These are notes from the Seattle and Surrounding Aces Discussion Group meeting of May 14th, 2016. These are notes about what we talked about, relevant links, and other information about discussion topics. This is not meant to be a transcript and is not necessarily even meant to be a coherent recounting of the discussion.
Privacy of group members and keeping that room a safe and open place is important to me. I will try my best to not post personal information or individual stories without permission. If I write something that you’d rather not have on here, please let me know immediately and I will remove it.
Temporary Venue Change
We were back in the basement for this meeting, because there was a film festival happening upstairs. But there were cupcakes this time, so it turned out fine.
There were cupcakes. That is important.
We talked about various types of attraction, focusing primarily on sensual attraction. Sensual attraction is a sort of desire for physical, but non-sexual contact with a person. It was described like this: “You want to cuddle with your cat, but you don’t want to have sex with your cat.” Sensual attraction is that “want to cuddle” kind of feeling.
Because sensual activities are often seen as a prelude to sexual activities, it can be difficult to describe to non-aces. It can be difficult to set up boundaries between what is sensual and what is sexual.
Some people said that trust is an integral part in whether or not they feel comfortable enough to be physically close to someone. Some said that it’s easier to get physically close when there’s no chance of attraction or progressing to sex.
If you’re looking for casual cuddling, there are regular Blanket Fort sessions at the Center for Sex Positive Culture, and Cuddle Seattle hosts regular Cuddle Party Meetups. (The CSPC came highly recommended from several group members (and more on them later), but no one mentioned Cuddle Seattle, so if you want to go, do your research and be safe.)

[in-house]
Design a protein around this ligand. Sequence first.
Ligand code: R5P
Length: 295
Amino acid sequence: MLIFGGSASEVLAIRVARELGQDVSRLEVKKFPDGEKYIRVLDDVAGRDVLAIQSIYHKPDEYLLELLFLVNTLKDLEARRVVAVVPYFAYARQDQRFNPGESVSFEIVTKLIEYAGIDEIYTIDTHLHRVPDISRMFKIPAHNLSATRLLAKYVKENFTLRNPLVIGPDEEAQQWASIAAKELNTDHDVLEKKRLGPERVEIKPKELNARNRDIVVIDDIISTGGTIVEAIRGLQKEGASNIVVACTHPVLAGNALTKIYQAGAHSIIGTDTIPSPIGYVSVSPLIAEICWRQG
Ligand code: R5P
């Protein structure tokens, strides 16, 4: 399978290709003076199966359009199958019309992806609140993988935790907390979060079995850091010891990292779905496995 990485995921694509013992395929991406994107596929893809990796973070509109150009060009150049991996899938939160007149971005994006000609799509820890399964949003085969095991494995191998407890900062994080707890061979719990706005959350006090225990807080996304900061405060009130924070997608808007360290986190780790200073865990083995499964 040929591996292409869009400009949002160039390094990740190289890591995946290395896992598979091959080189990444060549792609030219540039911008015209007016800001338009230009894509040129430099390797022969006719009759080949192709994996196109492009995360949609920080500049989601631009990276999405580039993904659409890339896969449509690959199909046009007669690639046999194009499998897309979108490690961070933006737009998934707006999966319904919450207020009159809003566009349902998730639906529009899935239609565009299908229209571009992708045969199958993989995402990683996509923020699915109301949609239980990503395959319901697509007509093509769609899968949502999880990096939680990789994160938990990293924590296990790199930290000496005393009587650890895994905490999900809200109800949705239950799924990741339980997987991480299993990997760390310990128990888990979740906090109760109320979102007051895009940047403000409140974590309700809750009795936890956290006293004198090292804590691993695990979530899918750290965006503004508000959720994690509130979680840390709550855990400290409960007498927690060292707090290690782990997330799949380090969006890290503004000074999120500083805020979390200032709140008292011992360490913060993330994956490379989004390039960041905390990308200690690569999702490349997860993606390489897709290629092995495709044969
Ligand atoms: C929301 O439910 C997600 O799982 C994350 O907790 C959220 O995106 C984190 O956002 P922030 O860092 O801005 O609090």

Physical Progression in a Relationship
There is a common story in our culture, that a relationship of a sufficient duration must necessarily lead to sex. This progression is expected, even required in many cases. Mathematically speaking, it looks a little something like this:
Many aces don’t particularly want this progression to occur or don’t really know what to do when it does occur. In some cases, asexual people may just go along with it, because that’s “how it’s supposed to be”. In others, they resist
This isn’t just an asexual issue. Sometimes non-ace people feel obligated to progress to a sexual phase. There have even been cases where two people in a relationship end up having sex for their partner, only to discover that neither partner really wants it.
It was brought up that sometimes teenage relationships felt more comfortable than adult relationships, because this progression was “blocked”. In those relationships, sex was off the table, because parents and/or society “prohibit” such things. That gave an asexual person an easy out: “I can’t do that, because my parents won’t let me.” As an adult, however, that excuse is no longer acceptable.
Straight By Default
Many people discover that they’re gay or bi or pan or whatever because they realize that they feel different from those around them. There’s that moment where they clearly understand that, for instance, men are more interesting than women, yet that’s not the case for most other guys. And from there, it’s relatively simple to put a name to that feeling, because the answer to the question “How do I know if I’m gay?” is general knowledge. Guys know “I’m gay if I find men more interesting than women”.